As turning to the State Department indicates, this U.N. fight has now arrived in Washington. LGBT organizations have begun lobbying allies on Capitol Hill. Rep. Tom Lantos (D-Calif.), founder and co-chair of the Congressional Human Rights Caucus, as well as the only Holocaust survivor to serve in Congress, responded immediately in a letter to John Bolton, U.S. ambassador to the United Nations.
''I sincerely hope that the U.S. vote on this issue was a technical error or the unfortunate result of an undisciplined U.S. officer operating on his or her own without instructions,'' writes Lantos. ''In any case, I am asking you to clearly and publicly disavow and explain this anti-human rights vote before it does any long-term damage to U.S. moral authority at the U.N. I would also like to discuss with you, at length, any possible breakdown in State Department procedures that may have led to this most unfortunate U.S. action.''
As of Jan. 31, Lantos's office reports no response from Bolton. A Metro Weekly call to the State Department days earlier to inquire both about the reason for the vote as well as any signal in policy change was answered by spokesman, Noel Clay, who said, ''We're not going to have any comment on it."
Mark P. Lagon, a deputy assistant secretary of state, did say, however, that the U.S. position was based on ''the controversial history of the International Lesbian and Gay Association -- an affiliate of the North American Man/Boy Love Association was associated with it in the past and openly condoned pedophilia,'' the New York Times reported. ILGA, an umbrella organization of hundreds of affiliates, had brief association with the controversial group more than a decade ago.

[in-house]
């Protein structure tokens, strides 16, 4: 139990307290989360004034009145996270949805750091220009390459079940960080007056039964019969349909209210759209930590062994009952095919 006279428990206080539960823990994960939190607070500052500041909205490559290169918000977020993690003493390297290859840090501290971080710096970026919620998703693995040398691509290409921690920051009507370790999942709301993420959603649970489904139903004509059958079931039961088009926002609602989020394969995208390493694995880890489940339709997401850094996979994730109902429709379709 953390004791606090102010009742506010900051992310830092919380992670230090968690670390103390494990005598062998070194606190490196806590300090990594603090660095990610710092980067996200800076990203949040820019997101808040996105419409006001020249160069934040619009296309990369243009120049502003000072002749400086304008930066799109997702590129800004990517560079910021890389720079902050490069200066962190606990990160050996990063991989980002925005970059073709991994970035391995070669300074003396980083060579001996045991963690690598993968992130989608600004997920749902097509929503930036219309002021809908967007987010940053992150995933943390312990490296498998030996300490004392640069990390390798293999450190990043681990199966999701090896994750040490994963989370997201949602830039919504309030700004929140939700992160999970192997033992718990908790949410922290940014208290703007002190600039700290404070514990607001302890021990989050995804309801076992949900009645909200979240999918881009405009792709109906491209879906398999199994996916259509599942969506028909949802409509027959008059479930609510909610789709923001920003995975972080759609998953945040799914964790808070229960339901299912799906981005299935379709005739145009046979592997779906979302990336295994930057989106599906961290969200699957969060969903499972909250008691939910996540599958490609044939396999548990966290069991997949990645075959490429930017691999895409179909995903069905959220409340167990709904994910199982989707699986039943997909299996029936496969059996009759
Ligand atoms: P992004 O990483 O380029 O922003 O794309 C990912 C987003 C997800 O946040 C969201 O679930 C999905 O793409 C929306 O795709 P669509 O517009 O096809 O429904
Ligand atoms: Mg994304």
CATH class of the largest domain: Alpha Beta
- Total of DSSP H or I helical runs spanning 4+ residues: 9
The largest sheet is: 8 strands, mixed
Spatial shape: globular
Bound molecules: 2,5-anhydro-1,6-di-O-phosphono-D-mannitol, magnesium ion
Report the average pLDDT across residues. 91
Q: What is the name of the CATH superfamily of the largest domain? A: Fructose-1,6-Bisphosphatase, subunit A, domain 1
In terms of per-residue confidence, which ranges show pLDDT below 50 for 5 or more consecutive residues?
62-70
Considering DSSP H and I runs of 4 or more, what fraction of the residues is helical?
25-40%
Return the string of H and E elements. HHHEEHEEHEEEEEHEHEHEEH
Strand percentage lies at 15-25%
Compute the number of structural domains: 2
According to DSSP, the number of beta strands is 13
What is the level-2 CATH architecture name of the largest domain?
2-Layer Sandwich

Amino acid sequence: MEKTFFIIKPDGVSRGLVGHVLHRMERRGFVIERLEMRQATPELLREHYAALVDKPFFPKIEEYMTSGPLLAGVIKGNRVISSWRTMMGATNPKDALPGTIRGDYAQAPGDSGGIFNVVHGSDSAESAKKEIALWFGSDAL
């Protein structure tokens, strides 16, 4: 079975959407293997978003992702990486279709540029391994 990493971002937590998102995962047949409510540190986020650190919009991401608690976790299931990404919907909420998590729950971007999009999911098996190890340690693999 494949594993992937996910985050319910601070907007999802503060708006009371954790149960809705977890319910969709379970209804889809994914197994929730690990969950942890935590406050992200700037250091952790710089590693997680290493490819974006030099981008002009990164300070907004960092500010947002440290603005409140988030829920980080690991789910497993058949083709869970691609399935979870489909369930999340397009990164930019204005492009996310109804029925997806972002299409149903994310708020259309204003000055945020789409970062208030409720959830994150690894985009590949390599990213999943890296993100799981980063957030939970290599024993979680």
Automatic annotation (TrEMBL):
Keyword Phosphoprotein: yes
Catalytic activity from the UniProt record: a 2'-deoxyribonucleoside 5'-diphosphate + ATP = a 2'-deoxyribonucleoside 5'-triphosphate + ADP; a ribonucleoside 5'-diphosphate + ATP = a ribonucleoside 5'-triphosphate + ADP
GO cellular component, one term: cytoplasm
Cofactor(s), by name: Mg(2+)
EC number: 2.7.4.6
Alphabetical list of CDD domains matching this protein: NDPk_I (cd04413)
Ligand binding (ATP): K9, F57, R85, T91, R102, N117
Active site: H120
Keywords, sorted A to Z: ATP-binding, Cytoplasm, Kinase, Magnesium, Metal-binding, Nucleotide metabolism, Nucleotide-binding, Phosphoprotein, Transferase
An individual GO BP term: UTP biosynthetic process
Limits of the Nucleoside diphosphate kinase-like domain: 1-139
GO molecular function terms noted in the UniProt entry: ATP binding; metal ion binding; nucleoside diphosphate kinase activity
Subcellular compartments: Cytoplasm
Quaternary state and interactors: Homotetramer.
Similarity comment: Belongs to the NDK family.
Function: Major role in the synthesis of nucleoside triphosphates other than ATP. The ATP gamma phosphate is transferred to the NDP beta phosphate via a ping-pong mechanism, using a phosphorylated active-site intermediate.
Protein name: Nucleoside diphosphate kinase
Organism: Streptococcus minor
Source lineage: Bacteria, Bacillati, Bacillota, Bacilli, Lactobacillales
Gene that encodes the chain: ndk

While the State Department remains otherwise mum, Long posits that this turn at the United Nations is the result of disquieting alliances between socially far-right organizations in the United States, and those aligned with the Organization of the Islamic Conference (OIC). The OIC, a bloc of 57 nations recognized at the U.N., has a history of thwarting pro-gay efforts.
''United Families International is very active in the U.N.,'' says Long, offering the anti-gay, Arizona-based group as an example. ''You'll see they have several diplomats from the Mid-East on their advisory board.''
Regardless, this U.S. vote sends mixed signals from the State Department, which in December issued a surprise statement condemning the arrest of 26 gay men at a party in the United Arab Emirates.
All that's left to do till the U.S. government clarifies its position is to speculate. Lobbying and shaming might come in handy, too, says Long.
''Lobbying is the next step,'' says Long. ''I would say that the four [organizations] who organized the letter [to Rice] will be monitoring this very closely.... We want them to change their votes. We're going to put our efforts into embarrassing them.... [These countries] stand up and say gay people don't exist. Then they arrest them. There need to be gay people in the U.N. to say we do exist.''